As mentioned recently in this post, I’m currently winding my way through Sean Egan’s collection of interviews with ol’ Ziggy, “Bowie on Bowie.” I was struck yesterday by a particular passage. During a chat circa 1989 with all the members of the star-crossed Tin Machine, Bowie unleashed this somewhat surprising revelation.
Q: Have you listened to very much hardcore?
Bowie: Thrash metal I *LOVE*. Or Speed Metal. It's actually been around America for a while. It kicked off in about `78 or `79 in California. It's become the California sound in a way. Now New York has picked up on it. Actually, I say I love it, it depends on who the band are.
Seems like ol' Dave might have been confusing his chronology and his terms (although, to be fair, with so many sub-genre qualifiers like "hardcore," "thrash," "speed-metal," one might forgive him). And if he's talking about "thrash" or "speed-metal," I don't believe that really got started until about 1981 or so. If it's hardcore -- as in "hardcore punk" -- he's referring to, he may be correct, although some might strenuously quibble with his assertion that it "kicked off" in California.
I wonder if this was inspired by his then-recent stint of sharing camera time with Cro-Mags founder Harley Flanagan and other members of the NYHC gang during the video shoots for that first Tin Machine album (as I discussed here). Regardless, I love the notion of Bowie “loving” all things thrash, as much as it’s sort of a mental disconnect.
To be fair, Bowie’s always been a remarkably open-eared individual. Several years back, I remember spotting the great man himself grinning approvingly from the balcony at Webster Hall during a rafter-shaking performance by the Secret Machines (as I documented on this prehistoric post).
Bowie was also usually pretty clued into what was happening at the moment, whether consciously or not. Witness his early championing of Devo, his dalliance with Klaus Nomi, and Bob Gruen’s shot of him below of hanging out at the Mudd Club with the late Linda Stein, Danny Fields and the brothers Ramone. One wonders what sort of chat Bowie had with Dee Dee.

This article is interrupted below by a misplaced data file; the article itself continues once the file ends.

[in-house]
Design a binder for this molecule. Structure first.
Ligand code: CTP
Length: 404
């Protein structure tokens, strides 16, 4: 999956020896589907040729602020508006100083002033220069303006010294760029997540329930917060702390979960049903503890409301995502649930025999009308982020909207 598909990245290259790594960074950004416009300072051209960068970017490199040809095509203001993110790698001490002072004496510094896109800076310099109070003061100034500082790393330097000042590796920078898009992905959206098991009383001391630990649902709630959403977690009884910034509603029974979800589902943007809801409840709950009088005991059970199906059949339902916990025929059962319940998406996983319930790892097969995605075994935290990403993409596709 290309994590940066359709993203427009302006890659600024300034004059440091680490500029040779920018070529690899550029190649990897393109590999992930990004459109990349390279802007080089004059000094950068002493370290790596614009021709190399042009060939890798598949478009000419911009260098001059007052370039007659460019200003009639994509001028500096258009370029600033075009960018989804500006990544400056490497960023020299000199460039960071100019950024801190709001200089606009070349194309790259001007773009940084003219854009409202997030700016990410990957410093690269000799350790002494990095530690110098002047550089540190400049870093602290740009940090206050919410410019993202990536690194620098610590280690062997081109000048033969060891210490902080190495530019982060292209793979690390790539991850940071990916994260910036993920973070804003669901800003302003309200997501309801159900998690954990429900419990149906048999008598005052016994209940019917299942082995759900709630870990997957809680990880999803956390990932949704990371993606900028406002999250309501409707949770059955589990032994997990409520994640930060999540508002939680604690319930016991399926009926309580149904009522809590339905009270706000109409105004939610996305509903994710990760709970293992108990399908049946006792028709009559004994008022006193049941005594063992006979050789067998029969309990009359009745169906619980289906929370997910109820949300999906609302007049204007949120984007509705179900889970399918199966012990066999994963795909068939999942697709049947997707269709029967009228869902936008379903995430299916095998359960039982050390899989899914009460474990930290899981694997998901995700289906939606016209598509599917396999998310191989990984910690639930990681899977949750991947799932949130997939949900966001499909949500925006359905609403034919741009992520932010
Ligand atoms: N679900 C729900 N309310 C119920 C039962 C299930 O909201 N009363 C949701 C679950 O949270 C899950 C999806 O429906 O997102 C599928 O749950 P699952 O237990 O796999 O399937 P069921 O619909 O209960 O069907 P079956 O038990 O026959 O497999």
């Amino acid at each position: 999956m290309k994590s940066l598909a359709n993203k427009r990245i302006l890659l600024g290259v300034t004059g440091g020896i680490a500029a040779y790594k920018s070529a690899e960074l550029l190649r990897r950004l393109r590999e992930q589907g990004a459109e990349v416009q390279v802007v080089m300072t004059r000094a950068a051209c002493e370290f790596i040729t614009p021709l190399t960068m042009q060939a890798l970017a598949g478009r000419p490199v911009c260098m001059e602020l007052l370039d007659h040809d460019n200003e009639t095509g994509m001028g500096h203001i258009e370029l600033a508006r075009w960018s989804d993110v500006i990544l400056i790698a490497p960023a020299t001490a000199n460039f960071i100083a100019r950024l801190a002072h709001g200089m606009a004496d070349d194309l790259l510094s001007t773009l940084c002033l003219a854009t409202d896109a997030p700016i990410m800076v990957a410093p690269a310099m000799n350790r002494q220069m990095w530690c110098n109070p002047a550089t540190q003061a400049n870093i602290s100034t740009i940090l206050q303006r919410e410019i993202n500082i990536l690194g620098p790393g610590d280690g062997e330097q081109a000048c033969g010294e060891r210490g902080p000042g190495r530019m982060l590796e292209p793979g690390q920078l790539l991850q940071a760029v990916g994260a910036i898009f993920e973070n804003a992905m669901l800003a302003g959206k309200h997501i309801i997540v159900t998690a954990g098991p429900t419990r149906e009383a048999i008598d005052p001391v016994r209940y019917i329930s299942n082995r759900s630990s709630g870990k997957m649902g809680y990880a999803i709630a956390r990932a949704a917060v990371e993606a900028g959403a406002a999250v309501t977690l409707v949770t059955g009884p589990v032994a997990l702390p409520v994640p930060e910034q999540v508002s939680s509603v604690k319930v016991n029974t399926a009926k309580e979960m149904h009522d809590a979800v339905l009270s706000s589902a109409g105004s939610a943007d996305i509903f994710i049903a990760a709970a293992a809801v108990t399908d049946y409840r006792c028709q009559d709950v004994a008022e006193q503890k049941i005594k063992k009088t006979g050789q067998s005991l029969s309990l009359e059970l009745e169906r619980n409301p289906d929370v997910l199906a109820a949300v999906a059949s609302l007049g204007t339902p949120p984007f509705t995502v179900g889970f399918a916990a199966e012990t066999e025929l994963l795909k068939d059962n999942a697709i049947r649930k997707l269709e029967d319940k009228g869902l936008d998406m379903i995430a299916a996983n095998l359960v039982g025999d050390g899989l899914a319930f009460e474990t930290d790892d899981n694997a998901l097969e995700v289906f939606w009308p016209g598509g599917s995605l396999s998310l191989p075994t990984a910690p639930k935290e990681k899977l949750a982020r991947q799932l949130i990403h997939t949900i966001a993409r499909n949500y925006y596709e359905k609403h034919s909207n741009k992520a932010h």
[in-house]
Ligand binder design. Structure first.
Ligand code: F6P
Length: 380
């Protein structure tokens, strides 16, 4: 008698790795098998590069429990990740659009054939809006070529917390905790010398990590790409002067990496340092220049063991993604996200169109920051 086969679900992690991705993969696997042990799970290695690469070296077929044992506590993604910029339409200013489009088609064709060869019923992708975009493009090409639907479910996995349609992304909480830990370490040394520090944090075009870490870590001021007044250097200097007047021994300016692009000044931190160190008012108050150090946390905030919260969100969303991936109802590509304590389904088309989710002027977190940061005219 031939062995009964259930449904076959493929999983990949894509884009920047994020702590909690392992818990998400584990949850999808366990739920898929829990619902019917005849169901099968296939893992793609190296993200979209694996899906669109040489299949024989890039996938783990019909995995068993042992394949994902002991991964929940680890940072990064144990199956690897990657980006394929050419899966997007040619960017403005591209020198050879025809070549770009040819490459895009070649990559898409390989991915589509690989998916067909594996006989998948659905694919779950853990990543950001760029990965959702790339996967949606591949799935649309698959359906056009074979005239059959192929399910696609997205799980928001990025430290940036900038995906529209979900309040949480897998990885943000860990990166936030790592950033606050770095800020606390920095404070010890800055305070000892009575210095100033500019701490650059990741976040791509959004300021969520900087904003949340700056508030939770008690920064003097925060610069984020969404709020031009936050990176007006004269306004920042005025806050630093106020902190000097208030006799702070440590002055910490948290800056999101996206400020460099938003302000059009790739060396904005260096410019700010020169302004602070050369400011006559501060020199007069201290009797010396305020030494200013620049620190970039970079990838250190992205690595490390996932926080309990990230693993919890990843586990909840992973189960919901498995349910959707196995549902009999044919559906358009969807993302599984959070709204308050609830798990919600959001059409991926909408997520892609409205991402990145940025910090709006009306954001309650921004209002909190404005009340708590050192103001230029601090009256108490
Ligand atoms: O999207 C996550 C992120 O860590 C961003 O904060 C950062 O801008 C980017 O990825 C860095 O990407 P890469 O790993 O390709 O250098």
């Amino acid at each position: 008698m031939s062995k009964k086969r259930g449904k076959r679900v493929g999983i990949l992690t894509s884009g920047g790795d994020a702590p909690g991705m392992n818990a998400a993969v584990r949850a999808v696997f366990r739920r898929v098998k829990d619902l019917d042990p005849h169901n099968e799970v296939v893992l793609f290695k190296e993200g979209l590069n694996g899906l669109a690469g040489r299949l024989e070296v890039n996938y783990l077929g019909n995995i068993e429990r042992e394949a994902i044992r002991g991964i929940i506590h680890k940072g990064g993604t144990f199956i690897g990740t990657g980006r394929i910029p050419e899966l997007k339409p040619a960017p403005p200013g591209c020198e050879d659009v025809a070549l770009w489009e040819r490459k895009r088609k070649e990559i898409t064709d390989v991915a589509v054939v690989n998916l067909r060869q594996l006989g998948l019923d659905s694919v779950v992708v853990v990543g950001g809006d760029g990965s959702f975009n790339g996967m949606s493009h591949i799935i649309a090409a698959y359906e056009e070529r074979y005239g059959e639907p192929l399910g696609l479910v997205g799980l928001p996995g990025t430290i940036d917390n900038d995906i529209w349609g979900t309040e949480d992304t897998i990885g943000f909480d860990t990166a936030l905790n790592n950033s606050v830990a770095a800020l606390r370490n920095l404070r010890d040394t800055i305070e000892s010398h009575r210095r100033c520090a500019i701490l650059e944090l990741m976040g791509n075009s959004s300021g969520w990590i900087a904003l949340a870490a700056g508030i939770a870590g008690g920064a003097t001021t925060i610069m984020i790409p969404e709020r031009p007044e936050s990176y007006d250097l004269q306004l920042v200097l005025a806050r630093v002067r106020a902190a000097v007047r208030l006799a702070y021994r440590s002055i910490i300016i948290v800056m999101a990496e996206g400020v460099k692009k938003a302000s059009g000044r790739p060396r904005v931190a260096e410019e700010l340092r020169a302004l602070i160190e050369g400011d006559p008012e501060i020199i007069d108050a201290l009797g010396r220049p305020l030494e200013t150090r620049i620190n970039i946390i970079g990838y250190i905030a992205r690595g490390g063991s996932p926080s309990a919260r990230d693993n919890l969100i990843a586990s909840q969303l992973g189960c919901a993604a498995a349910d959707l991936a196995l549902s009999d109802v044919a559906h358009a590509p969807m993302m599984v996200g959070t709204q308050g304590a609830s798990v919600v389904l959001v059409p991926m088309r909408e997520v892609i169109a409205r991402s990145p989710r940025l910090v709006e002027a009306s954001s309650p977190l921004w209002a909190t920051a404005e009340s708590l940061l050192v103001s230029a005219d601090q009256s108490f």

Inspired by that quote, I tried of find any evidence of Bowie checking out any thrash bands, but came up largely empty (although I did find a fairly amusing cover of “Let’s Dance” by funereally Teutonic metal band, Atrocity). If Bowie ever went to check out anyone like Anthrax or Exodus or Slayer, I couldn’t find any pictures of it.
Perhaps he was just trying to beef up Tin Machine’s wafer-thin cred with the metal crowd at the time (who largely ignored Tin Machine, as did most of the rest of the world). Personally speaking, I still really like that first record. Can’t say I ever heard its sequel.
Regardless, this seemed like a good excuse to exhume both Bowie’s Tin Machine turn at the Ritz on East 11th Street (featuring fleeting cameos by New York hardcore alumni Harley Flanagan and Stephen from False Prophets). It would be in this very same room pictured sixteen years later that I’d spy Bowie in the balcony at that Secret Machines gig.
And, lastly, here’s Bowie and Trent Reznor doing “I’m Afraid of Americans,” paying homage to Scrosese films like “Taxi Driver” and — WAIT FOR IT — “After Hours.” This is one of my most favorite NYC-centric videos ever.